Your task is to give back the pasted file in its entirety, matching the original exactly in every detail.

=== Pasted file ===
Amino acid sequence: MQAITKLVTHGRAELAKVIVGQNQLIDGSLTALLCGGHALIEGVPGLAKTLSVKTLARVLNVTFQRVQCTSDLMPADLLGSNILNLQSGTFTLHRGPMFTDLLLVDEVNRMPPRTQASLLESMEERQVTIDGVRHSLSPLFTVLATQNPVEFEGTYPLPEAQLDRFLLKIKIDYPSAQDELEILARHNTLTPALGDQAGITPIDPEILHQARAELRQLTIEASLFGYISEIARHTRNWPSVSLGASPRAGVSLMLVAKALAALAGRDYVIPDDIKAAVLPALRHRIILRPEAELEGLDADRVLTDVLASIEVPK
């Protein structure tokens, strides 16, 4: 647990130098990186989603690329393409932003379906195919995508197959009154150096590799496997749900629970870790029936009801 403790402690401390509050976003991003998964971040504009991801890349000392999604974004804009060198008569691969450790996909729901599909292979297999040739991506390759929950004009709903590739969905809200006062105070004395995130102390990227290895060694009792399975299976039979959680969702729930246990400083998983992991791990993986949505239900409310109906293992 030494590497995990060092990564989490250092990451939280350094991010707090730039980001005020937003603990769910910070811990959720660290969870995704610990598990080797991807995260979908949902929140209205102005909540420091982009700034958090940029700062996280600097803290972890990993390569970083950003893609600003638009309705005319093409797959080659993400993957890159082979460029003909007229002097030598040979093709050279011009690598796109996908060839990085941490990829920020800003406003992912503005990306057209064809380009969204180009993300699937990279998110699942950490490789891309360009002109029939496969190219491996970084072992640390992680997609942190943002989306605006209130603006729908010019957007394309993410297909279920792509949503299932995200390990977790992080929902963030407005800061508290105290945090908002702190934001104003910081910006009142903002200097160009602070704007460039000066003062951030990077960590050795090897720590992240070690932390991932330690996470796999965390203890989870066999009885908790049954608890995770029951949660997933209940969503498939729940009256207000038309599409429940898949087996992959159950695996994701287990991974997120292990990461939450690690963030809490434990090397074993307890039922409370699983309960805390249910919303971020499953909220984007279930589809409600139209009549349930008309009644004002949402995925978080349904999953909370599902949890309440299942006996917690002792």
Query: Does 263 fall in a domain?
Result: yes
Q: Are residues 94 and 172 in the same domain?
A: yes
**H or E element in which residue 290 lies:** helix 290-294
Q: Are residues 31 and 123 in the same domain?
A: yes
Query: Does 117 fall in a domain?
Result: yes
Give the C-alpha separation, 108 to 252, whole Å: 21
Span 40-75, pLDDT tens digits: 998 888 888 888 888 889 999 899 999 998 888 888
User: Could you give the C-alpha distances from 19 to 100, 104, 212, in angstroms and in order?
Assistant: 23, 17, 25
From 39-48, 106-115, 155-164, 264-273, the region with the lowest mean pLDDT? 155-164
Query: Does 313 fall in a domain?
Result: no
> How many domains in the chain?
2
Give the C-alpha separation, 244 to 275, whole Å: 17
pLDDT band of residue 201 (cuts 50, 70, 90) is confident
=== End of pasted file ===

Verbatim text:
Amino acid sequence: MQAITKLVTHGRAELAKVIVGQNQLIDGSLTALLCGGHALIEGVPGLAKTLSVKTLARVLNVTFQRVQCTSDLMPADLLGSNILNLQSGTFTLHRGPMFTDLLLVDEVNRMPPRTQASLLESMEERQVTIDGVRHSLSPLFTVLATQNPVEFEGTYPLPEAQLDRFLLKIKIDYPSAQDELEILARHNTLTPALGDQAGITPIDPEILHQARAELRQLTIEASLFGYISEIARHTRNWPSVSLGASPRAGVSLMLVAKALAALAGRDYVIPDDIKAAVLPALRHRIILRPEAELEGLDADRVLTDVLASIEVPK
């Protein structure tokens, strides 16, 4: 647990130098990186989603690329393409932003379906195919995508197959009154150096590799496997749900629970870790029936009801 403790402690401390509050976003991003998964971040504009991801890349000392999604974004804009060198008569691969450790996909729901599909292979297999040739991506390759929950004009709903590739969905809200006062105070004395995130102390990227290895060694009792399975299976039979959680969702729930246990400083998983992991791990993986949505239900409310109906293992 030494590497995990060092990564989490250092990451939280350094991010707090730039980001005020937003603990769910910070811990959720660290969870995704610990598990080797991807995260979908949902929140209205102005909540420091982009700034958090940029700062996280600097803290972890990993390569970083950003893609600003638009309705005319093409797959080659993400993957890159082979460029003909007229002097030598040979093709050279011009690598796109996908060839990085941490990829920020800003406003992912503005990306057209064809380009969204180009993300699937990279998110699942950490490789891309360009002109029939496969190219491996970084072992640390992680997609942190943002989306605006209130603006729908010019957007394309993410297909279920792509949503299932995200390990977790992080929902963030407005800061508290105290945090908002702190934001104003910081910006009142903002200097160009602070704007460039000066003062951030990077960590050795090897720590992240070690932390991932330690996470796999965390203890989870066999009885908790049954608890995770029951949660997933209940969503498939729940009256207000038309599409429940898949087996992959159950695996994701287990991974997120292990990461939450690690963030809490434990090397074993307890039922409370699983309960805390249910919303971020499953909220984007279930589809409600139209009549349930008309009644004002949402995925978080349904999953909370599902949890309440299942006996917690002792």
Query: Does 263 fall in a domain?
Result: yes
Q: Are residues 94 and 172 in the same domain?
A: yes
**H or E element in which residue 290 lies:** helix 290-294
Q: Are residues 31 and 123 in the same domain?
A: yes
Query: Does 117 fall in a domain?
Result: yes
Give the C-alpha separation, 108 to 252, whole Å: 21
Span 40-75, pLDDT tens digits: 998 888 888 888 888 889 999 899 999 998 888 888
User: Could you give the C-alpha distances from 19 to 100, 104, 212, in angstroms and in order?
Assistant: 23, 17, 25
From 39-48, 106-115, 155-164, 264-273, the region with the lowest mean pLDDT? 155-164
Query: Does 313 fall in a domain?
Result: no
> How many domains in the chain?
2
Give the C-alpha separation, 244 to 275, whole Å: 17
pLDDT band of residue 201 (cuts 50, 70, 90) is confident